When carbon dioxide is present in a sample gas contacted with the aqueous solution, equilibrium of the above ionization is reached at which the solution has a corresponding pH value depending upon the concentration of the carbon dioxide. It may be seen that the pH of the solution will vary depending upon the concentration of the carbon dioxide. The pH sensitive dyes are employed as a means of indicating the change in pH of the solutions. The pH of the solution without the addition of a buffer, however, is not a reliable basis for determining the carbon dioxide concentration, because the solution in this instance is extremely sensitive to transient conditions and to minor, or trace, contaminants, such as minute amounts of soda lime that are frequently found in the gases of an anesthetic circuit. The butter agents, such as those heretofore used, donate additional HCO ions sufficient to stabilize the solution against these transient conditions. When provided with small amounts of these buffers, however, the pH increments corresponding to the lower concentrations of carbon dioxide lie outside of the pH transition intervals of the indicator dyes that would afford a suitable color contrast and a pH value capable of afiecting these dyes is reached only after a substantial increase in carbon dioxide has occurred. Thus as previously mentioned, the best detection heretofore possible has been above about 1 /2%. The concentration of the buffer agent cannot be employed to adjust the pH of the solution, so that it will more closely approximate the transition intervals of the usable dyes, because the concentration of the HCO; ions is then changed to a level rendering the solution highly insensitive to changes in carbon dioxide concentration. The indicator would then create no detectable signal. The present invention, however, involves the unique discovery that an alkali metal oxalate solution, as hereinabove described, affords changes in the pH of the solution in the low range of carbon dioxide concentrations of as little as /z% and less, which fall within the pH transition intervals of the usable pH sensitive dyes. As a result, a clearly visible change in color is produced enabling detection of carbon dioxide concentration of a much lower magnitude by means of a chemical indicator. The exact manner in which the oxalate salt achieves this result is not clearly understood, although it is apparent that it aflords a mixed oxalatebicarbonate system in which the pH range is shifted so that a great sensitivity of the pH sensitive dyes is afforded at the lower carbon dioxide concentrations.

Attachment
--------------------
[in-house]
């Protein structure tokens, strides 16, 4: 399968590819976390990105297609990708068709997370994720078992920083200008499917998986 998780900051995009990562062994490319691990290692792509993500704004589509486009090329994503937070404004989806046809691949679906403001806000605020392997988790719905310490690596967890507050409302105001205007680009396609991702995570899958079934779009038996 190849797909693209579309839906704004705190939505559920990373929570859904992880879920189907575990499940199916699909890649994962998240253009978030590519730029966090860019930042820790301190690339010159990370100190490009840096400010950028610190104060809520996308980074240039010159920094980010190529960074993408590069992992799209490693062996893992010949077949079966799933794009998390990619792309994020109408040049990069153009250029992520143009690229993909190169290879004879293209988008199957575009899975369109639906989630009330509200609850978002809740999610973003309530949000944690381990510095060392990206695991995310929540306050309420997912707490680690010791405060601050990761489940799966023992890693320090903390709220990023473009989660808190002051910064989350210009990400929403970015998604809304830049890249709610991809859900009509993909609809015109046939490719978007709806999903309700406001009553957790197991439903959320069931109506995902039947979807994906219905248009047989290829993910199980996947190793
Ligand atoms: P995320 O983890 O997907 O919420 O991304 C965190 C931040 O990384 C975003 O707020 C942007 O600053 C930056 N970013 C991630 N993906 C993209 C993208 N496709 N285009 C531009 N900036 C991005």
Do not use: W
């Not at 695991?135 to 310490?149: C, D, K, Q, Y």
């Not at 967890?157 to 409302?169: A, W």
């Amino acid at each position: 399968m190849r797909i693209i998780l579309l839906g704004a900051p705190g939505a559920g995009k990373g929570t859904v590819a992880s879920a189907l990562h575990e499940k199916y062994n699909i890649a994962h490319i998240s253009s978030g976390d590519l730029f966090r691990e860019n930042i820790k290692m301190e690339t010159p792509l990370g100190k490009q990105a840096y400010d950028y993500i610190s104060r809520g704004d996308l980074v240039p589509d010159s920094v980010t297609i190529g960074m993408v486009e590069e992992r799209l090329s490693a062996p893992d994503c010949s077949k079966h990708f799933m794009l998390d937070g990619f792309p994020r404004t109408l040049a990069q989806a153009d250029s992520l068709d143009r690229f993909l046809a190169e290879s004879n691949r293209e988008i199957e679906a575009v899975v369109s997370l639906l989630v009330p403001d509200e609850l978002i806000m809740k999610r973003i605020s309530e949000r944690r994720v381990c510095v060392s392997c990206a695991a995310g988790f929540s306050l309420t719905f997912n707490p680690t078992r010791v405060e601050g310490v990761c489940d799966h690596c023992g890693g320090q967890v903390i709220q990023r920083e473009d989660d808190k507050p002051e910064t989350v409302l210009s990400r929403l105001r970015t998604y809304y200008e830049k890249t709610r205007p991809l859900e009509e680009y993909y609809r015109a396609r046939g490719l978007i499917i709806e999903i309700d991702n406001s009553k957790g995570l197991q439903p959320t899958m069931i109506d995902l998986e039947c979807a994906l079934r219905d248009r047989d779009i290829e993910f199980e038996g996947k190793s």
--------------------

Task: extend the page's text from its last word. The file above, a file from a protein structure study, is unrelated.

A preferred indicator solution, in accordance with the present invention, is prepared by dissolving from 0.6 to 0.7 gram (0.005 mol) of pure reagent grade sodium oxalate in one liter of distilled water to which is added 50 ml. of U.S.P. glycerine and 15 ml. of an 0.04% brom cresol purple dye solution. The dye may be prepared by dissolving 0.1 gram of finely powdered brom cresol purple in 18.5 cc. of 0.01 N NaOH diluted to 250 cc. volume with distilled water.
While the present solution has been described primarily as a visual indicator for carbon dioxide, it will be understod that it may be used in connection with spectrophotometric instruments which utilize the change in transmission characteristics of the solution. Thus, the solution provided in accordance with this invention will give extremely high spectrophotometric sensitivity over the range of 0.03 to 0.5% carbon dioxide in which a transmission difference of about 22.5% occurs.
The invention is not limited to the specific embodiment herein described, but may be used in other ways with the departure from its scope as defined in the following claims.